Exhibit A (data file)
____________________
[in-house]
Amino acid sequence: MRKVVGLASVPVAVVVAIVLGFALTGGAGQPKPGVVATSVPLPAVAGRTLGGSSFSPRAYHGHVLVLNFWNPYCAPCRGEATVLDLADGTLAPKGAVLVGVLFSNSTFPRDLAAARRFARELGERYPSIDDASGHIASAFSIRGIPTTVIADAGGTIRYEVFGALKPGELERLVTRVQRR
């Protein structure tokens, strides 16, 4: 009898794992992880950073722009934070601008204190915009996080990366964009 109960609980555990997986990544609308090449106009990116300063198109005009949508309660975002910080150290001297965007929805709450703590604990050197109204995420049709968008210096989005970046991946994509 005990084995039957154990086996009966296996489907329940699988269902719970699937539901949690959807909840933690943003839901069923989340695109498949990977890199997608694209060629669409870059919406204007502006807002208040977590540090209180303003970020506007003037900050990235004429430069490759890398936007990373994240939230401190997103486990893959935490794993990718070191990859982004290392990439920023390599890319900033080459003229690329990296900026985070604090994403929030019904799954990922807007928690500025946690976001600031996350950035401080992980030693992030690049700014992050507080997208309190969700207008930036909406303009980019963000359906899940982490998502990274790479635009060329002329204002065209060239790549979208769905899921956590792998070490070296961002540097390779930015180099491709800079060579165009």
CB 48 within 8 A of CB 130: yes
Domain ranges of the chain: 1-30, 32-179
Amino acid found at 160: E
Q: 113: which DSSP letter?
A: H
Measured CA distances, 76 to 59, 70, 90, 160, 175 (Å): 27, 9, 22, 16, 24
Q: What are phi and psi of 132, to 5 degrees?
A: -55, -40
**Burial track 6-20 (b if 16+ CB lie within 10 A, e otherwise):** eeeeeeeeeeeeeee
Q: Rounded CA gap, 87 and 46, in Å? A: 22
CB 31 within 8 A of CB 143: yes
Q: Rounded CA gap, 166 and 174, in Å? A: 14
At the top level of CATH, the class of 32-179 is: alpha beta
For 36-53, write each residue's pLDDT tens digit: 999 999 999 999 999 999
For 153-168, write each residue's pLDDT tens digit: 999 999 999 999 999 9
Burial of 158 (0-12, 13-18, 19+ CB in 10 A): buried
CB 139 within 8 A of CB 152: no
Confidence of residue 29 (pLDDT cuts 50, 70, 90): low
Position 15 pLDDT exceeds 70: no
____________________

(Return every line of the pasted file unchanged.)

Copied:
[in-house]
Amino acid sequence: MRKVVGLASVPVAVVVAIVLGFALTGGAGQPKPGVVATSVPLPAVAGRTLGGSSFSPRAYHGHVLVLNFWNPYCAPCRGEATVLDLADGTLAPKGAVLVGVLFSNSTFPRDLAAARRFARELGERYPSIDDASGHIASAFSIRGIPTTVIADAGGTIRYEVFGALKPGELERLVTRVQRR
């Protein structure tokens, strides 16, 4: 009898794992992880950073722009934070601008204190915009996080990366964009 109960609980555990997986990544609308090449106009990116300063198109005009949508309660975002910080150290001297965007929805709450703590604990050197109204995420049709968008210096989005970046991946994509 005990084995039957154990086996009966296996489907329940699988269902719970699937539901949690959807909840933690943003839901069923989340695109498949990977890199997608694209060629669409870059919406204007502006807002208040977590540090209180303003970020506007003037900050990235004429430069490759890398936007990373994240939230401190997103486990893959935490794993990718070191990859982004290392990439920023390599890319900033080459003229690329990296900026985070604090994403929030019904799954990922807007928690500025946690976001600031996350950035401080992980030693992030690049700014992050507080997208309190969700207008930036909406303009980019963000359906899940982490998502990274790479635009060329002329204002065209060239790549979208769905899921956590792998070490070296961002540097390779930015180099491709800079060579165009």
CB 48 within 8 A of CB 130: yes
Domain ranges of the chain: 1-30, 32-179
Amino acid found at 160: E
Q: 113: which DSSP letter?
A: H
Measured CA distances, 76 to 59, 70, 90, 160, 175 (Å): 27, 9, 22, 16, 24
Q: What are phi and psi of 132, to 5 degrees?
A: -55, -40
**Burial track 6-20 (b if 16+ CB lie within 10 A, e otherwise):** eeeeeeeeeeeeeee
Q: Rounded CA gap, 87 and 46, in Å? A: 22
CB 31 within 8 A of CB 143: yes
Q: Rounded CA gap, 166 and 174, in Å? A: 14
At the top level of CATH, the class of 32-179 is: alpha beta
For 36-53, write each residue's pLDDT tens digit: 999 999 999 999 999 999
For 153-168, write each residue's pLDDT tens digit: 999 999 999 999 999 9
Burial of 158 (0-12, 13-18, 19+ CB in 10 A): buried
CB 139 within 8 A of CB 152: no
Confidence of residue 29 (pLDDT cuts 50, 70, 90): low
Position 15 pLDDT exceeds 70: no